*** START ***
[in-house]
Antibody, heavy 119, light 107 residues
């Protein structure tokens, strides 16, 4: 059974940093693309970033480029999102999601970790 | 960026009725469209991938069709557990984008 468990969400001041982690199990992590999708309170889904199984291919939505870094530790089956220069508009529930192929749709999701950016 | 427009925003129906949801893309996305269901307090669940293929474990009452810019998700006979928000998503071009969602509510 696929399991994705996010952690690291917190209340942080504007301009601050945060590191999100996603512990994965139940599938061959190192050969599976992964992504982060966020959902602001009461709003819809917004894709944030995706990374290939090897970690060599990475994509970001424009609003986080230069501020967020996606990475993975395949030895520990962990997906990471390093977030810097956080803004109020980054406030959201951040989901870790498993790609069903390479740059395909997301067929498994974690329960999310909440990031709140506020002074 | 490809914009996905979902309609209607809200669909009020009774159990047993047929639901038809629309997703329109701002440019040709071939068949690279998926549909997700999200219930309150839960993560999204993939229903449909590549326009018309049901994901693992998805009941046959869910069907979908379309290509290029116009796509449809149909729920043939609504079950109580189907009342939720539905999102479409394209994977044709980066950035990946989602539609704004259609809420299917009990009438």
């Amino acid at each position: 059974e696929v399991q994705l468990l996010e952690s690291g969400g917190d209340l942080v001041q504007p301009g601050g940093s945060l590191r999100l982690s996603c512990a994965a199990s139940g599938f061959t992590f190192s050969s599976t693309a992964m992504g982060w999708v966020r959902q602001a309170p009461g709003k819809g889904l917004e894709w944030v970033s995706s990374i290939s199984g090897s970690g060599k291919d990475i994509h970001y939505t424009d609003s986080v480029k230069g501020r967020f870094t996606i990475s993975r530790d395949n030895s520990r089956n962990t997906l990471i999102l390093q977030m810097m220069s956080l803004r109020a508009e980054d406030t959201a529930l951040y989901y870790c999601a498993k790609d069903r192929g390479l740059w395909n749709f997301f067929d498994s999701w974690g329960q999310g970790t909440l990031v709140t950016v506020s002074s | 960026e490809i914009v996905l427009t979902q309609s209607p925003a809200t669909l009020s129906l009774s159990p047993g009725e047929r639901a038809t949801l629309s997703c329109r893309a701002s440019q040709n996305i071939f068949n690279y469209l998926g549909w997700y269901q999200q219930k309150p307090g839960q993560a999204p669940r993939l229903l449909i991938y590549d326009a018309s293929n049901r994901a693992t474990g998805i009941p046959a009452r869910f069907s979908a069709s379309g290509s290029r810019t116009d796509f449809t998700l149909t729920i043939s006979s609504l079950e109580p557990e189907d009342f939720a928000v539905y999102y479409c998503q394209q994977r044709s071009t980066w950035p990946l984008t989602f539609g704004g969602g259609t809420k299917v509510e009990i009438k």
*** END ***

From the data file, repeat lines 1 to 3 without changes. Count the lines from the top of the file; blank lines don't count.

[in-house]
Antibody, heavy 119, light 107 residues
């Protein structure tokens, strides 16, 4: 059974940093693309970033480029999102999601970790 | 960026009725469209991938069709557990984008 468990969400001041982690199990992590999708309170889904199984291919939505870094530790089956220069508009529930192929749709999701950016 | 427009925003129906949801893309996305269901307090669940293929474990009452810019998700006979928000998503071009969602509510 696929399991994705996010952690690291917190209340942080504007301009601050945060590191999100996603512990994965139940599938061959190192050969599976992964992504982060966020959902602001009461709003819809917004894709944030995706990374290939090897970690060599990475994509970001424009609003986080230069501020967020996606990475993975395949030895520990962990997906990471390093977030810097956080803004109020980054406030959201951040989901870790498993790609069903390479740059395909997301067929498994974690329960999310909440990031709140506020002074 | 490809914009996905979902309609209607809200669909009020009774159990047993047929639901038809629309997703329109701002440019040709071939068949690279998926549909997700999200219930309150839960993560999204993939229903449909590549326009018309049901994901693992998805009941046959869910069907979908379309290509290029116009796509449809149909729920043939609504079950109580189907009342939720539905999102479409394209994977044709980066950035990946989602539609704004259609809420299917009990009438």